Cambridge’s Joyce Chen was America’s queen of Chinese cuisine


By Sharon Oliver, Contributing Writer

Cambridge chef Joyce Chen was honored in 2014 by the U.S. Postal Service when she was included in the “Celebrity Chefs Forever” stamp series.
Cambridge chef Joyce Chen was honored in 2014 by the U.S. Postal Service when she was included in the “Celebrity Chefs Forever” stamp series.

CAMBRIDGE – Born into a wealthy family in Peking (Beijing) China in 1917, Joyce Chen grew up in a household with a family chef who later left to cook for her father’s friend. This left her mother and governess in charge of cooking every meal, all under the watchful eye of a young Joyce. By 1949, Chen, along with her husband Thomas and their children, left China and settled in Cambridge.


First restaurant

Harvard and MIT students craving authentic Chinese food prompted Chen to open her first restaurant, Joyce Chen Restaurant in Cambridge in 1958. A bilingual menu of American and Chinese dishes attracted Asians and notable Americans like Harvard president Nathan Pusey and President Eisenhower’s cardiologist, Paul Dudley White. According to her son, it is Chen who introduced the all-you-can-eat Chinese dinner buffet, which was a sales boost idea for those often-slow Tuesday and Wednesday evenings. She also taught cooking lessons in the early 1960s at the Cambridge Adult Education Center. Her classes were so legendary there were waiting lists to enroll.

Cambridge’s new chef believed in healthy Chinese cooking and did not use artificial dyes or other food coloring and used healthier ingredients like canola oil. She introduced northern Chinese (Mandarin) and Shanghainese dishes like Peking duck, hot and sour soup, potstickers, scallion pancakes and moo shu pork to Boston. After her divorce in 1966, Chen sold the restaurant to her ex-husband, who converted it to a Japanese restaurant called Osaka in 1972.

Cambridge chef Joyce Chen was credited with introducing savory Chinese dumplings to the United States.Photo/Pixabay
Cambridge chef Joyce Chen was credited with introducing savory Chinese dumplings to the United States.

In 1967, she opened a second restaurant in a retail and industrial area near the NECCO (New England Confectionary Company) factory called The Joyce Chen Small Eating Place. Although the eatery seated 60 diners, people still lined up for Chen’s Chinese food. According to Chen’s son, Stephen, it was at this restaurant where his mother introduced the Northern style of dim sum (savory dumplings). Renowned chef and fan Julia Child was another regular at Chen’s restaurant.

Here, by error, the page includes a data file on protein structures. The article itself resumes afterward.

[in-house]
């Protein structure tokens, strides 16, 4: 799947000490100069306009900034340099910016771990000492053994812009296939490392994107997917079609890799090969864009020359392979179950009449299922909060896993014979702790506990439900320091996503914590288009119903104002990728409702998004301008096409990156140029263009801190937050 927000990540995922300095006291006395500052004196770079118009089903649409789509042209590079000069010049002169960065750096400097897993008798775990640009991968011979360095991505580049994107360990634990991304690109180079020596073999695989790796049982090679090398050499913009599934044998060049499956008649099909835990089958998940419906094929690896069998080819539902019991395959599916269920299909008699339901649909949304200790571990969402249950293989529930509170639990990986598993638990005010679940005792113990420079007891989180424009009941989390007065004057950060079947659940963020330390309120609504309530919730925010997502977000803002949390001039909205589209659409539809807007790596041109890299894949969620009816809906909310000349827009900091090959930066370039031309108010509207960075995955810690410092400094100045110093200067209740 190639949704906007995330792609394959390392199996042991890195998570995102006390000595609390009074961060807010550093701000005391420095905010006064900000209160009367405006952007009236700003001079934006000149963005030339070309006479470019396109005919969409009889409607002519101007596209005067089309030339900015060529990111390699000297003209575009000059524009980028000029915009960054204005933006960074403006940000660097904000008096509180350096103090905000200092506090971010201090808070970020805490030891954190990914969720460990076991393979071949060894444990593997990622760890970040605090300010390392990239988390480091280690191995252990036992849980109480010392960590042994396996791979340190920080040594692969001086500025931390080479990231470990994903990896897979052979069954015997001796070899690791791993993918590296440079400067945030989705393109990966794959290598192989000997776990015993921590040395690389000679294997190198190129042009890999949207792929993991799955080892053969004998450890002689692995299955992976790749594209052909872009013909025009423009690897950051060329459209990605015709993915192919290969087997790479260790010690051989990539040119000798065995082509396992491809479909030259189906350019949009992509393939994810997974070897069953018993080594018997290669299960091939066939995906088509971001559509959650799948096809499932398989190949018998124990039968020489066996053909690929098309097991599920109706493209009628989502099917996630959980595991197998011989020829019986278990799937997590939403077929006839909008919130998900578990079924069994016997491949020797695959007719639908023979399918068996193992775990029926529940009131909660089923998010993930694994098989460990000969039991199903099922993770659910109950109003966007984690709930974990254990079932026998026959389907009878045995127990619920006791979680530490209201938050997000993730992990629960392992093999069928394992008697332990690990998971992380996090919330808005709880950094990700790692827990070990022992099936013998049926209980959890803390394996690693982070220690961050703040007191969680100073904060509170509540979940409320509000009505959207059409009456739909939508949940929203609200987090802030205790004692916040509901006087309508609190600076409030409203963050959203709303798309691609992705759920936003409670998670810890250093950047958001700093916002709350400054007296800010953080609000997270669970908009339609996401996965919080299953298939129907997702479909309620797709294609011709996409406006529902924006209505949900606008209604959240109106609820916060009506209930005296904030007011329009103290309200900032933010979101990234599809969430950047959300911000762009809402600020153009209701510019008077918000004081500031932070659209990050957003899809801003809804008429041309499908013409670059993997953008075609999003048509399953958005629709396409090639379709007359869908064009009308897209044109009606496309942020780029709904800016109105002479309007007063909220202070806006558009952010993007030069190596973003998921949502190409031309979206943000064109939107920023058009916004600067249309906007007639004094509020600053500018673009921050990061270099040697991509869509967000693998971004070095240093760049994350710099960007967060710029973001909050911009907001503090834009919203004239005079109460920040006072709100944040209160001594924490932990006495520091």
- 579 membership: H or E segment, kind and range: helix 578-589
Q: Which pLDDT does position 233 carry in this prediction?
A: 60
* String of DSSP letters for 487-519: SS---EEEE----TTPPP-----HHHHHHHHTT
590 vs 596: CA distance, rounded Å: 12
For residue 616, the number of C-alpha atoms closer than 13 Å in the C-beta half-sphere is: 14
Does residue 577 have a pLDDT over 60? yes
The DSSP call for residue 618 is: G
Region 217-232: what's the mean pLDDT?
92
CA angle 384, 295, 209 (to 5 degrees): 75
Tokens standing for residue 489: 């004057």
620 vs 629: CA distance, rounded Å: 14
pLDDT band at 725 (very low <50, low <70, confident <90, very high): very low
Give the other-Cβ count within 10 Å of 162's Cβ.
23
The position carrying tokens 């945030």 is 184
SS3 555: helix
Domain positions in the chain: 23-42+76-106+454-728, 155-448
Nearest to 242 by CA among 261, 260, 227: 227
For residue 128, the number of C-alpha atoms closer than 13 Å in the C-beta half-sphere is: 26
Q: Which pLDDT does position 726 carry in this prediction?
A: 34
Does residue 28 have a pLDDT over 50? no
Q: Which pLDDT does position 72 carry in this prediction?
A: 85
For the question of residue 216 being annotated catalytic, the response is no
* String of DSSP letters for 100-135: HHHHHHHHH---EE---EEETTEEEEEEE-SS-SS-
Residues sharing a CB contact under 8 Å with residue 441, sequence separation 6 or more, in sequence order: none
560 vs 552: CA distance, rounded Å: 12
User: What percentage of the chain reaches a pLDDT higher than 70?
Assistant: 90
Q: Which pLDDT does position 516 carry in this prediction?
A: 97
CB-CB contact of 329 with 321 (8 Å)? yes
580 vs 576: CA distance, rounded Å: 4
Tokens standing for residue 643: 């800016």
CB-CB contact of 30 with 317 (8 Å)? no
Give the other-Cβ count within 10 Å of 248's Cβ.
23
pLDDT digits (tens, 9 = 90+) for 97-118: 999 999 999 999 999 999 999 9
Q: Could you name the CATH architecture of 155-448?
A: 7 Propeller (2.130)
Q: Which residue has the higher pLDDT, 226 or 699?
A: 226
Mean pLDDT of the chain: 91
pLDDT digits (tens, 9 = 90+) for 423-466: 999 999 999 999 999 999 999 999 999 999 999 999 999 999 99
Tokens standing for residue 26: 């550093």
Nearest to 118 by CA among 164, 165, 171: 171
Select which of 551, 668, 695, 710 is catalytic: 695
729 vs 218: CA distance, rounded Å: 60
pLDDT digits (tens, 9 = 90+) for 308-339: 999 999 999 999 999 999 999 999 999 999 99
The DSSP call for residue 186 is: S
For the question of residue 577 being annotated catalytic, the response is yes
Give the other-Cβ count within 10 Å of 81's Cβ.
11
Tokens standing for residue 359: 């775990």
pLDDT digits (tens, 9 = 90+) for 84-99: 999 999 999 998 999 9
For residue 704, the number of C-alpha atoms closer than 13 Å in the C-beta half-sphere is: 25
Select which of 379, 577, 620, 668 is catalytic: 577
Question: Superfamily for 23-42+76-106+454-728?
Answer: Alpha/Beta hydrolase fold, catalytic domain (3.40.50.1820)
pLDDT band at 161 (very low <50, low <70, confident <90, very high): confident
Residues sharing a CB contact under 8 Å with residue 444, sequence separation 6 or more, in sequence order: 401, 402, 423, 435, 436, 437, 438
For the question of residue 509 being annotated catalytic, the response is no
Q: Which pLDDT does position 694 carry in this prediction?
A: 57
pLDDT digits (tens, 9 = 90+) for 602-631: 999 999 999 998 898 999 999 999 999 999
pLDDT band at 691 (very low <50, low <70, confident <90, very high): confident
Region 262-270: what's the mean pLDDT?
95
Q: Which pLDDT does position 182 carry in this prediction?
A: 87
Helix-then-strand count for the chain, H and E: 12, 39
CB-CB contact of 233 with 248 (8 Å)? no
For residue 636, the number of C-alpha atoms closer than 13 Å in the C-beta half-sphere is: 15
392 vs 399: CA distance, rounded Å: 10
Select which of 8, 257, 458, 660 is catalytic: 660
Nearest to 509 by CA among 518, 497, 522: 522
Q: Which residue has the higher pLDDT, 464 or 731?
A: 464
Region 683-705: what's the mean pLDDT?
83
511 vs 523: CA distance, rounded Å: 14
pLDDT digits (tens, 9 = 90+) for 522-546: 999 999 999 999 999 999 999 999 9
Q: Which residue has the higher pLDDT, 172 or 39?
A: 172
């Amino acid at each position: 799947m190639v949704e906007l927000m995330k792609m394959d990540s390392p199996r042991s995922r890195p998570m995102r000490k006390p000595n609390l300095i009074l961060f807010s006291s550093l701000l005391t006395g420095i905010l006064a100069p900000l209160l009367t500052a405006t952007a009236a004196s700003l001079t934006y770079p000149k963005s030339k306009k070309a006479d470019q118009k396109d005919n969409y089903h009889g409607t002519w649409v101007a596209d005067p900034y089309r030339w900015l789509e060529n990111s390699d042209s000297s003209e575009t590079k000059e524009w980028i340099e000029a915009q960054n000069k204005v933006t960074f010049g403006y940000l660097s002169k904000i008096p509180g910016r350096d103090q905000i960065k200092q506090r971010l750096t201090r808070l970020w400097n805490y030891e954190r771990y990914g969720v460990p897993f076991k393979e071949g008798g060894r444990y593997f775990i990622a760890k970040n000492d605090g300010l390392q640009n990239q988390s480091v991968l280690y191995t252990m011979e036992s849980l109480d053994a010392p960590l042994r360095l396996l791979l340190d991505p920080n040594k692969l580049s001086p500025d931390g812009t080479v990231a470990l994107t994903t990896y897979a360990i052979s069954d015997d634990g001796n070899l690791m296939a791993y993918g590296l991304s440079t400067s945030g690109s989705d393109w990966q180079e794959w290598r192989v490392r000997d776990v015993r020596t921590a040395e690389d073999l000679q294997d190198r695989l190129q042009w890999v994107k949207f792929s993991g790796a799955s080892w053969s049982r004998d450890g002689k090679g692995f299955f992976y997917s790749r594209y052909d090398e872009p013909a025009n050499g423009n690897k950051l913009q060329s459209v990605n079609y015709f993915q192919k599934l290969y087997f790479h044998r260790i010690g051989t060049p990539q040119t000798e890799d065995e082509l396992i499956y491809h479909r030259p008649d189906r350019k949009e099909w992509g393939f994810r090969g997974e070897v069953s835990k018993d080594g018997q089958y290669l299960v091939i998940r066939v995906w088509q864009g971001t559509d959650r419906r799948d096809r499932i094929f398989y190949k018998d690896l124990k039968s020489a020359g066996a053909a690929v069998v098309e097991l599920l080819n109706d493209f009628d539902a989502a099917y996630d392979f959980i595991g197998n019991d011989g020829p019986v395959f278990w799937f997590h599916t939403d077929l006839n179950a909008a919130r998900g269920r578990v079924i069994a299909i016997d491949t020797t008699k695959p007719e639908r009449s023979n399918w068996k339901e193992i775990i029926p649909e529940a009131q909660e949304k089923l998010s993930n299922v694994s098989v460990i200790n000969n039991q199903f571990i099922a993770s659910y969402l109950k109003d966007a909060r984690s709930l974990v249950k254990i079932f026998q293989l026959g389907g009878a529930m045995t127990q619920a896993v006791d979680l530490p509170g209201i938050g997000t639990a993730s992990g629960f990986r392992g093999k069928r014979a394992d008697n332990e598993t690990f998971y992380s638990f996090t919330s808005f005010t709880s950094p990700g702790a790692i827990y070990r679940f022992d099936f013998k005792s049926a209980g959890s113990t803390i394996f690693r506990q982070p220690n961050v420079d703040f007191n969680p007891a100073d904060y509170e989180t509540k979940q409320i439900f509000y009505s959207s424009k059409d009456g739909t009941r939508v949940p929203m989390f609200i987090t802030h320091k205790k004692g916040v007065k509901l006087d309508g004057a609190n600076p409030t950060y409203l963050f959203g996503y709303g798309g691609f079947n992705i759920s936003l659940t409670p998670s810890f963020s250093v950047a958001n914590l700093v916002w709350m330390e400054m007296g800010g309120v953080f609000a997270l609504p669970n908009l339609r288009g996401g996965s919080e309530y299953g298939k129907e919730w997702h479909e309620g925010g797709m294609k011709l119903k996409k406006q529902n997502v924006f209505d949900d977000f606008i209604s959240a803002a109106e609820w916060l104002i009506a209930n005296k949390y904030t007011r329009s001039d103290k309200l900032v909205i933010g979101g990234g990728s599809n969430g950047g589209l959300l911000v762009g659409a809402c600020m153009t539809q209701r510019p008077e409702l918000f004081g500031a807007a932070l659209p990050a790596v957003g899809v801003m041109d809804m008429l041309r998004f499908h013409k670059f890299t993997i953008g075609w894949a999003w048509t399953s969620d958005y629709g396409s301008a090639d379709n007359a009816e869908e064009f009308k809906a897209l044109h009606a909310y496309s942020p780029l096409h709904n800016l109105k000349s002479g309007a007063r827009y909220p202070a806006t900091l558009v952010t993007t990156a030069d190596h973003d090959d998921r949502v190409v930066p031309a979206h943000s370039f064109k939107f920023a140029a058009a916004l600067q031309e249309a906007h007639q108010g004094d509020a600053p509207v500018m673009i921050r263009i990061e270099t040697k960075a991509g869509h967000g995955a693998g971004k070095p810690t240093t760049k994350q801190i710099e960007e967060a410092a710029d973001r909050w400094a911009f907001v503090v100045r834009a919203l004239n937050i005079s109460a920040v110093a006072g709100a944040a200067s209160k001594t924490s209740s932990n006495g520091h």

Cooking show debut

That same year, Chen landed her own cooking show, “Joyce Chen Cooks,” on National Educational Television (NET), now known as Public Broadcasting Service (PBS). Making history as one of the first non-Caucasians to host a cooking show, Chen’s program filmed 26 episodes and reached audiences throughout the U.S., U.K., and Australia.

During the 1960s, the popular chef self-published her first cookbook after a publisher refused to include full-color images of her recipes. The strategy resulted in over 6000 copies of “Joyce Chen Cook Book” being sold to her restaurant customers before it even got to the printer. Aside from recipes, Chen included tutorials on the basics of cooking rice, eating with chopsticks, and making and serving tea. The cookbook sold over 70,000 copies and was reprinted many times over.

A successful restaurateur, television cooking show host and cookbook author, Chen branched out even further by launching a company called Joyce Chen Products, which included Chinese utensils, cookware and a patented crafted flat-bottomed wok with a handle, called the “Peking Wok” in the early 1970s. Her wok is still as popular today for its ability to retain and spread heat evenly.


Immortalized on a stamp

In 2014, Chen joined an illustrious group of other culinary legends—James Beard, Julia Child, Edna Lewis, and Felipe Rojas-Lombardi—when the U.S. Postal Service immortalized their portraits with their “Celebrity Chefs Forever” stamp series. The stamps were unveiled at an event in Chicago. But Cambridge’s mayor David Maher, and postmaster Katherine Lydon held another reception to honor Cantabrigians Joyce Chen and Julia Child on October 29, 2014. A picture book about her life, “Dumpling Dreams: How Joyce Chen Brought the Dumpling from Beijing to Cambridge” was published in 2017. 

Joyce Chen died in 1994 after being diagnosed with dementia.



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